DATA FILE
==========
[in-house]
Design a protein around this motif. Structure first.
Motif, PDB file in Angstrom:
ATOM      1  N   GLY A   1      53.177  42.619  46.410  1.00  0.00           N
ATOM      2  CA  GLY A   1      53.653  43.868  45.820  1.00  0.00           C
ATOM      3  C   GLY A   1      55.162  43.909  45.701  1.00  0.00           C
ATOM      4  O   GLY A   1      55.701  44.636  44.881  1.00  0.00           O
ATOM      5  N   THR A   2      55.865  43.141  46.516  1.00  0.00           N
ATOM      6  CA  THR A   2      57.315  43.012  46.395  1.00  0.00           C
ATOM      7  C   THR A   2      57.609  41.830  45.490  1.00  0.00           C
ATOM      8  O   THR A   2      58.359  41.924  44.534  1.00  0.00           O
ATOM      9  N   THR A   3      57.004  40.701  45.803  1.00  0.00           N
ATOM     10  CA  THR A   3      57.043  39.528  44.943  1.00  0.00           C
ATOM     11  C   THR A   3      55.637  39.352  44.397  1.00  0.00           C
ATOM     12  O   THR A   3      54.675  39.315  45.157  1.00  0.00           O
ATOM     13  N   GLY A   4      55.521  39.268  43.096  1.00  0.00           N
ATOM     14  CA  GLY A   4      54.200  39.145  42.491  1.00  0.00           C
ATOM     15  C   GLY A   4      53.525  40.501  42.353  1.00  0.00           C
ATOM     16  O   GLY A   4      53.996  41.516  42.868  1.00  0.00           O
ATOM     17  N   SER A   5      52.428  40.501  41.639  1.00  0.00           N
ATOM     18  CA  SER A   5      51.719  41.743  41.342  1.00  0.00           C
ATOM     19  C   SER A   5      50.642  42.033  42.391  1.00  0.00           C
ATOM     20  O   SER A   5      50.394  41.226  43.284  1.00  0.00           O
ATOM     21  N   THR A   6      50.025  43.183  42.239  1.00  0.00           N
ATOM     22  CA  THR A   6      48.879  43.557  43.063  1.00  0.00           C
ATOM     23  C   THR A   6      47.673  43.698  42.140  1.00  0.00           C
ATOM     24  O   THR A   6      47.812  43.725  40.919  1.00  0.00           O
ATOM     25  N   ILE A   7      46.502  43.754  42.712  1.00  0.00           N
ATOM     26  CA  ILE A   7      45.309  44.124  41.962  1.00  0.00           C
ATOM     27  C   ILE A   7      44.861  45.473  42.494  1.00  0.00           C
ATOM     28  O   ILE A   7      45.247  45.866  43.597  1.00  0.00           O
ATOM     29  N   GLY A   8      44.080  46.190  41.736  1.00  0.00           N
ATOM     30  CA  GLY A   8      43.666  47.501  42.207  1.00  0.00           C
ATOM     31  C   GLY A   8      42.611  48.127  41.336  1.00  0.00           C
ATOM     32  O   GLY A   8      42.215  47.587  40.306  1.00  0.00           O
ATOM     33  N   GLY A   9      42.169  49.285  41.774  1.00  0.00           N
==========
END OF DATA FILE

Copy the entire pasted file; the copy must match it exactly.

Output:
[in-house]
Design a protein around this motif. Structure first.
Motif, PDB file in Angstrom:
ATOM      1  N   GLY A   1      53.177  42.619  46.410  1.00  0.00           N
ATOM      2  CA  GLY A   1      53.653  43.868  45.820  1.00  0.00           C
ATOM      3  C   GLY A   1      55.162  43.909  45.701  1.00  0.00           C
ATOM      4  O   GLY A   1      55.701  44.636  44.881  1.00  0.00           O
ATOM      5  N   THR A   2      55.865  43.141  46.516  1.00  0.00           N
ATOM      6  CA  THR A   2      57.315  43.012  46.395  1.00  0.00           C
ATOM      7  C   THR A   2      57.609  41.830  45.490  1.00  0.00           C
ATOM      8  O   THR A   2      58.359  41.924  44.534  1.00  0.00           O
ATOM      9  N   THR A   3      57.004  40.701  45.803  1.00  0.00           N
ATOM     10  CA  THR A   3      57.043  39.528  44.943  1.00  0.00           C
ATOM     11  C   THR A   3      55.637  39.352  44.397  1.00  0.00           C
ATOM     12  O   THR A   3      54.675  39.315  45.157  1.00  0.00           O
ATOM     13  N   GLY A   4      55.521  39.268  43.096  1.00  0.00           N
ATOM     14  CA  GLY A   4      54.200  39.145  42.491  1.00  0.00           C
ATOM     15  C   GLY A   4      53.525  40.501  42.353  1.00  0.00           C
ATOM     16  O   GLY A   4      53.996  41.516  42.868  1.00  0.00           O
ATOM     17  N   SER A   5      52.428  40.501  41.639  1.00  0.00           N
ATOM     18  CA  SER A   5      51.719  41.743  41.342  1.00  0.00           C
ATOM     19  C   SER A   5      50.642  42.033  42.391  1.00  0.00           C
ATOM     20  O   SER A   5      50.394  41.226  43.284  1.00  0.00           O
ATOM     21  N   THR A   6      50.025  43.183  42.239  1.00  0.00           N
ATOM     22  CA  THR A   6      48.879  43.557  43.063  1.00  0.00           C
ATOM     23  C   THR A   6      47.673  43.698  42.140  1.00  0.00           C
ATOM     24  O   THR A   6      47.812  43.725  40.919  1.00  0.00           O
ATOM     25  N   ILE A   7      46.502  43.754  42.712  1.00  0.00           N
ATOM     26  CA  ILE A   7      45.309  44.124  41.962  1.00  0.00           C
ATOM     27  C   ILE A   7      44.861  45.473  42.494  1.00  0.00           C
ATOM     28  O   ILE A   7      45.247  45.866  43.597  1.00  0.00           O
ATOM     29  N   GLY A   8      44.080  46.190  41.736  1.00  0.00           N
ATOM     30  CA  GLY A   8      43.666  47.501  42.207  1.00  0.00           C
ATOM     31  C   GLY A   8      42.611  48.127  41.336  1.00  0.00           C
ATOM     32  O   GLY A   8      42.215  47.587  40.306  1.00  0.00           O
ATOM     33  N   GLY A   9      42.169  49.285  41.774  1.00  0.00           N